Retirement Accounts Part 1: 401(k) Plans

In this blog post, I’ll share what I’ve learned so far about investing in retirement accounts. Though I heard the word investing several times throughout my life, I never thought that at some point I would become an investor. I thought investing was what rich people did with all the money they couldn’t spend. Through listening to podcasts and reading books on financial independence, I learned that I had the order wrong. Instead of spending whatever I had left, in order to amass wealth, I had to pay myself first. I got more comfortable with taking control of my retirement accounts (401(k)s, IRAs, HSAs) and optimize them as much as possible as I continued to research the topic with the financial independence mindset of long-term investing.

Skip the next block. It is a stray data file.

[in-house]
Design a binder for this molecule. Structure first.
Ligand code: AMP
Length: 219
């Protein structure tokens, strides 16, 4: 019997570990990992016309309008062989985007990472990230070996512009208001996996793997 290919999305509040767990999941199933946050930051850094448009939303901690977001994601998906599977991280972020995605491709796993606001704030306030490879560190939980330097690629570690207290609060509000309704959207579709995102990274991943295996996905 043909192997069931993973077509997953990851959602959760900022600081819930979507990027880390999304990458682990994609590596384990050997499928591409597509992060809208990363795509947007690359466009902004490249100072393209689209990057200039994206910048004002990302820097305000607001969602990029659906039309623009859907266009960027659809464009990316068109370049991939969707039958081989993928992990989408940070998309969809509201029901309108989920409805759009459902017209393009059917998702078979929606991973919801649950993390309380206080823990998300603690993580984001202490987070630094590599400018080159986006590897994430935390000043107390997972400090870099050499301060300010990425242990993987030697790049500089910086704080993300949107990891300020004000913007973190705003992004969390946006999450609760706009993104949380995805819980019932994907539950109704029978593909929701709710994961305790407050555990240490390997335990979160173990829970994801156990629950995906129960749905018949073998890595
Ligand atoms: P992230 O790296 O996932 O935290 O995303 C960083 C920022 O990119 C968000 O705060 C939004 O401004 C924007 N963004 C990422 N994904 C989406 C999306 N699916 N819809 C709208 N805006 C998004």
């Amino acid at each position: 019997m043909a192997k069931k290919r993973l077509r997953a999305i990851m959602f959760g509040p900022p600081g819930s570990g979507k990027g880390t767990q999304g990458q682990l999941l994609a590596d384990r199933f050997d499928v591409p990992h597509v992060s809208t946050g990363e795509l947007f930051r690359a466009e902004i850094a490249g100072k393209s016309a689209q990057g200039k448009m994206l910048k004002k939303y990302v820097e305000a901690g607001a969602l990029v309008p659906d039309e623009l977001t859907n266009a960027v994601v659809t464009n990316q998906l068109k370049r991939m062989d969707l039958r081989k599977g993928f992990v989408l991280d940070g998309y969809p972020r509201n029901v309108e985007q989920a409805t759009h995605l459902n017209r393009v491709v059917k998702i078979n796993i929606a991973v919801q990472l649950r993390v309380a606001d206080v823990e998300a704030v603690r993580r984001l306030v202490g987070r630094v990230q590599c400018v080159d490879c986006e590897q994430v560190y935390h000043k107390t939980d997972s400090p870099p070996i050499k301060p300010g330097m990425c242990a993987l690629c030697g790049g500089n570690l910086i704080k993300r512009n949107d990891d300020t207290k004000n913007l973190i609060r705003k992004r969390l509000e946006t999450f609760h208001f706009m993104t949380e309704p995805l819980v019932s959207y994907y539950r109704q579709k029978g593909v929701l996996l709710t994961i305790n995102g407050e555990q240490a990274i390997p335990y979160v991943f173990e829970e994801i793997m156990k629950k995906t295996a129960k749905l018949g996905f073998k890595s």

The least scary place to practice how to invest was my 401(k) account. Thankfully my employer provides a 401(k) so I couldn’t possibly mess it up too much-I thought. As I’ve written before I had no idea what I was doing when I set up that account but I clicked my way out successfully. There were a lot of terms I was not familiar with back then and I’m definitely still learning. Today I’ll break down what I’ve learned about investing in retirement accounts, specifically 401(k) plans. I’ll review Roth IRAs, Traditional IRAs in future posts in order to not make this one too long. I also utilize a Health Savings Accounts (HSAs) as a retirement vehicle which I’ll review in a future post.

I think an easy way to compare and understand the differences between these vehicles is to look at what your money will do going into the account (contribution), how your money grows (investment growth), and how easy it is to pull the money out of the account once you need it (drawdown). This will be by no means an all-encompassing review and your employer plan might have some additional nuances, so do your research before opening an account and make sure that it meets your needs.

Three Phases of Retirement Accounts

401(k) Contributions